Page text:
Can Magna keep its model juggling act with Opel?
Cries from Volkswagen about pulling its business from Magna if the Canadian car parts maker ended up owning a stake in GM’s former European unit Opel ring somewhat hollow given the success Magna has had in juggling its customers’ different needs so far.
Even so, Magna is trying hard to keep its customers — which also include Toyota, Ford and BMW — happy by vowing to ringfence Opel from the rest of its business now it has won the long battle to buy GM’s former European unit.
Sure, these carmakers will want watertight assurances over the supplier’s tie-up with one of their competitors. But they can’t have it all ways if they want to continue to outsource their parts — and even the construction of whole cars — to keep their costs down.
Given the tortuous journey to agreeing a buyer for Opel, Magna’s customers have had plenty of time to work out what guarantees they will want, although it is only now that a deal has been done that they will get to hear the full details of the arrangements between GM, Opel, Magna and its co-investor, Russia’s Sberbank. Magna will have to show them it can treat its own car manufacturer like any other client.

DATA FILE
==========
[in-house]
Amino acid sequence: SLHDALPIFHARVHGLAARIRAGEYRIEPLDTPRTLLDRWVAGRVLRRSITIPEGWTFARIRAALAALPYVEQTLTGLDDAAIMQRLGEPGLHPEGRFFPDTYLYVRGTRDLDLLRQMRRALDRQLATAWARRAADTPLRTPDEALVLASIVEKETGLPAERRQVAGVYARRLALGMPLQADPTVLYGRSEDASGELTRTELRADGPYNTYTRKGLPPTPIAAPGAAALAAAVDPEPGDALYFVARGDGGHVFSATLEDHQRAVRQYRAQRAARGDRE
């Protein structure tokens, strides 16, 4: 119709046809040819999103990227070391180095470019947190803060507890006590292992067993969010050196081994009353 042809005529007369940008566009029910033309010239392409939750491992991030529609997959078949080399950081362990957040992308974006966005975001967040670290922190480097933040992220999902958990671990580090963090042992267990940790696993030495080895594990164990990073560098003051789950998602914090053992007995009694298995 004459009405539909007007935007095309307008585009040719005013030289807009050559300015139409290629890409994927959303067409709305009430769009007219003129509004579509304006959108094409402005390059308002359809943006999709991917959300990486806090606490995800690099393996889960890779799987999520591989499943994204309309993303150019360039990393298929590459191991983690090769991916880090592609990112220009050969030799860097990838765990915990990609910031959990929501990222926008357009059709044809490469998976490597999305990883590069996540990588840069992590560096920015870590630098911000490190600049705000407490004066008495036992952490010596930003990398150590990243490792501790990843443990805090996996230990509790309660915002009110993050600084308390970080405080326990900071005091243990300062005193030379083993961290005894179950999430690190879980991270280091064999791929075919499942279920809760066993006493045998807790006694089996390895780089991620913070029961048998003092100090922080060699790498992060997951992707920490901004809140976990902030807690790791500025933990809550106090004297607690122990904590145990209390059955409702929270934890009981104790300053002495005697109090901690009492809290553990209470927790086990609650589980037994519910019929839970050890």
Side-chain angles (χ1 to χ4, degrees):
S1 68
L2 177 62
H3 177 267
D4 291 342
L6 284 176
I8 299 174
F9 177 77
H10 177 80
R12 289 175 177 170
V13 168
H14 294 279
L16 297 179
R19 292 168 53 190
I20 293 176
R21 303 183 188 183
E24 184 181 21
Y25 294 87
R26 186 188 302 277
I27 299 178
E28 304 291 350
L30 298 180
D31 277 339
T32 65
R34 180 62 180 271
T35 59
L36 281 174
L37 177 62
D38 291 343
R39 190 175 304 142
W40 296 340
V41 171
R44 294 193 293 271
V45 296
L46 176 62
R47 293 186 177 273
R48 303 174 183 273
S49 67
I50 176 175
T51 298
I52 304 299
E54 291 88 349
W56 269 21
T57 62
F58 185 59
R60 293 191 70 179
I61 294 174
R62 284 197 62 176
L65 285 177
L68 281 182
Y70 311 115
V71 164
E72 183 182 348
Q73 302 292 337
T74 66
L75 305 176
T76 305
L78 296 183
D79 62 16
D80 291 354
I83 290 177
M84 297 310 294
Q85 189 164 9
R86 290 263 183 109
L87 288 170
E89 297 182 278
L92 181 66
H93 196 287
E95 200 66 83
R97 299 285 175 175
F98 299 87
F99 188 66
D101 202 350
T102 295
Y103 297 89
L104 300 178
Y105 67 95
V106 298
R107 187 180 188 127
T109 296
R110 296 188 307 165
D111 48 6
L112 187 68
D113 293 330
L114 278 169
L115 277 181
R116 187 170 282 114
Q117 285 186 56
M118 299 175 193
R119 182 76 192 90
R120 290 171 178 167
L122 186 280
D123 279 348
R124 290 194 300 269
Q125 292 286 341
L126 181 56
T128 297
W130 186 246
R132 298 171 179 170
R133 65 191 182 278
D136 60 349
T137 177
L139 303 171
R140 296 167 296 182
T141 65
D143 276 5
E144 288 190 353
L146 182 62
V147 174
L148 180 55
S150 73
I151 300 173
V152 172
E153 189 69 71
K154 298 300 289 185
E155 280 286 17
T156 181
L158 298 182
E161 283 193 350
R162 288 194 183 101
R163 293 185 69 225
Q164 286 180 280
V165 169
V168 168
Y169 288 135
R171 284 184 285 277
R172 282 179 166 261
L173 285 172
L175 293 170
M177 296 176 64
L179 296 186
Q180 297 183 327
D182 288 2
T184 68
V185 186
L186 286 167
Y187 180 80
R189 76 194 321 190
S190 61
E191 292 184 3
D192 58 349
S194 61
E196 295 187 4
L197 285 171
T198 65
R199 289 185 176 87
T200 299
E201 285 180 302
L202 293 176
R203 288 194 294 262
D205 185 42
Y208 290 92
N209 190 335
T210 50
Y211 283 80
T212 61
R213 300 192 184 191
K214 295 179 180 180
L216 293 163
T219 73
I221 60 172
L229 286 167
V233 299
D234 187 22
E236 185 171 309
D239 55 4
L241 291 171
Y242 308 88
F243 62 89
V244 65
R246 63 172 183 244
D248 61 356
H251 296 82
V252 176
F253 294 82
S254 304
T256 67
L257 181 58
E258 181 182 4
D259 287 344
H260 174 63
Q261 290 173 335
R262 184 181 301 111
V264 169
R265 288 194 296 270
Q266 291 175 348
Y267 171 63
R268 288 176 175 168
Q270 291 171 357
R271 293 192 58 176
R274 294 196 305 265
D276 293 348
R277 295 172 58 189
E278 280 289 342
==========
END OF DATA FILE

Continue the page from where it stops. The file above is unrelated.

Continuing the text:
Magna’s Steyr unit already produces the BMW X3, the Mercedes-Benz G-Class, the Chrysler 300C and both the Jeep Commander and Grand Cherokee for three different customers. So it is in a fairly strong position in any discussions — after all the major carmakers are heavily reliant on their parts manufacturers and switching supplier is not an easy option by any means.
But it remains to be seen for how long Magna retains a clear separation between its traditional parts business and its new car making operation Opel. It may find the move up the value chain to its liking.